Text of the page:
Atlantis: The Lost Empire (2001) / Animation-Fantasy
MPAA Rated: PG for violence
Running Time: 95 min.
Cast (voices): Michael J. Fox, James Garner, Cree Summer, Don Novello, Phil Morris, Jacqueline Obradors, Jim Varney, Claudia Christian, John Mahoney, Leonard Nimoy, Corey Burton, Florence Stanley, David Ogden Stiers
Director: Gary Trousdale, Kirk Wise
Screenplay: Tab Murphy
Review published February 29, 2004
Atlantis: The Lost Empire is a weaker Disney animated feature, but still delivers enough goods to justify a viewing for those who enjoy their lesser efforts. There's no song-and-dance, or even any cute anthropomorphic animals to be found here, clearly going for an older children's audience. As a result, it's more forgettable than classic, yet still quite an impressive achievement in terms of animated adventures.
Michael J. Fox (Back to the Future, The Frighteners) provides the voice of main character Milo Thatch, the linguist grandson of a great adventurer, Thaddeus. Utilizing Thaddeus' discovered journal, Milo is convinced of the actual existence of the legendary Atlantis, the mythical island that was written about by Plato, technologically advanced yet unable to save itself from being consumed by the ocean. Milo has trouble getting funding, mostly because investors have a hard time believing the myth, but an old, wealthy friend of his grandfather's saves the day by providing the men and equipment to make such an expedition a reality. The motley crew find their destination, but aren't exactly prepared for what they will find, or Milo also discovers ulterior motives for some of the rest of the crew.
Atlantis is written and directed by the same crew that brought us Disney's The Hunchback of Notre Dame, and the directors of Beauty and the Beast. Unlike those films, this one is clearly a different breed, with a lack of singing, no sweeping romance, and it's an entirely new, original story. Although no one would ever really confuse Disney's style with those of anime, this is probably as close as they have come, with a leaning more on technology and action than in previous films, hoping to capture a different, more demanding audience, while not exactly leaving the typical Disney fans behind.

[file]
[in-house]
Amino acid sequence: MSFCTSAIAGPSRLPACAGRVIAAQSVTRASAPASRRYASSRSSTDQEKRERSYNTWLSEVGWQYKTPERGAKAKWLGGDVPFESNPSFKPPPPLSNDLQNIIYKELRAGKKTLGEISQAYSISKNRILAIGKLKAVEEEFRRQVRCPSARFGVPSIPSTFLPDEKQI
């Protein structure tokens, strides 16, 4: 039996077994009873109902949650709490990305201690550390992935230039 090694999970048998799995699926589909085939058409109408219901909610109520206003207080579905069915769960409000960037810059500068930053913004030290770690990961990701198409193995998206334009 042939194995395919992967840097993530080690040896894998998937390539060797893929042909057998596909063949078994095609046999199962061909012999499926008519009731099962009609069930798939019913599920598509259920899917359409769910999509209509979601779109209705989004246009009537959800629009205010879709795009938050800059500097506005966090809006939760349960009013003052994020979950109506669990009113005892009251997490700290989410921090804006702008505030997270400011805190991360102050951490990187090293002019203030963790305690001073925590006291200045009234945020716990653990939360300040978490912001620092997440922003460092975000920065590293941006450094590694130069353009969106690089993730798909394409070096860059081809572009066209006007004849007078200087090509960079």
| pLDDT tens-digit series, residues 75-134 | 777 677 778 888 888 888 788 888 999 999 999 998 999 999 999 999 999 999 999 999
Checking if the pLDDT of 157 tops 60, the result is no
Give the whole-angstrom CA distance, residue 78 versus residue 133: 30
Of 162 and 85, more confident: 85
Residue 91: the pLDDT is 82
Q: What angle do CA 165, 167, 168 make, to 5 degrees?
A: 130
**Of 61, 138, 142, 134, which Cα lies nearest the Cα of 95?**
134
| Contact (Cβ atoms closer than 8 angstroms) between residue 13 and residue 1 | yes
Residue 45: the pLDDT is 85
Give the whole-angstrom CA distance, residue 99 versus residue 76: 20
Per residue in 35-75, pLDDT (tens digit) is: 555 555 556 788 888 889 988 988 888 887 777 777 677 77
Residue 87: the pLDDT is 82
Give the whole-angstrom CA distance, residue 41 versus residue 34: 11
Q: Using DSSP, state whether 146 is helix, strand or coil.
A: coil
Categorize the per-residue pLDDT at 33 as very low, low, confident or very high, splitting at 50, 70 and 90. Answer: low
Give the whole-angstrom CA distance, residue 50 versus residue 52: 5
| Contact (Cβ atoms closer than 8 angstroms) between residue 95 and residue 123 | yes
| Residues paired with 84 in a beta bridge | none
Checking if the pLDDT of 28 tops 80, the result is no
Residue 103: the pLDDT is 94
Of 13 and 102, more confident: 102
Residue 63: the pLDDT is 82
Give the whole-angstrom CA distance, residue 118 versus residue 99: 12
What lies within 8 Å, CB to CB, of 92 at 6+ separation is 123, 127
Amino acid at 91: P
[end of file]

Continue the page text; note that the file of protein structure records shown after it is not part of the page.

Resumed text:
It takes about 45 minutes before Atlantis becomes truly entertaining, but once it does, it remains so for the duration. It's very much an amalgamation film, sort of a cross between Stargate and Indiana Jones and the Last Crusade, and just like those films, all stops have been pulled in an effort to wow the audience with sights and sounds breathtaking and awe-inspiring. It's a difficult task for an animated film to do, especially one which looks very cartoonish, but there is an element of mysterious grandeur that permeates much of the final half hour that works quite well.
OK, so it's not an altogether memorable Disney adventure, but it's entertaining enough while it lasts. It has all of the great animation, voice work, scoring, and art design you'd expect from a Disney animated adventure, and should be of particular interest to young boys who love sci-fi fantasy adventures. It's not the sort of film one would watch repeatedly, but as a rental, it will fit the bill.
-- Followed by a straight-to-video release, Atlantis: Milo's Return.
©2004 Vince Leo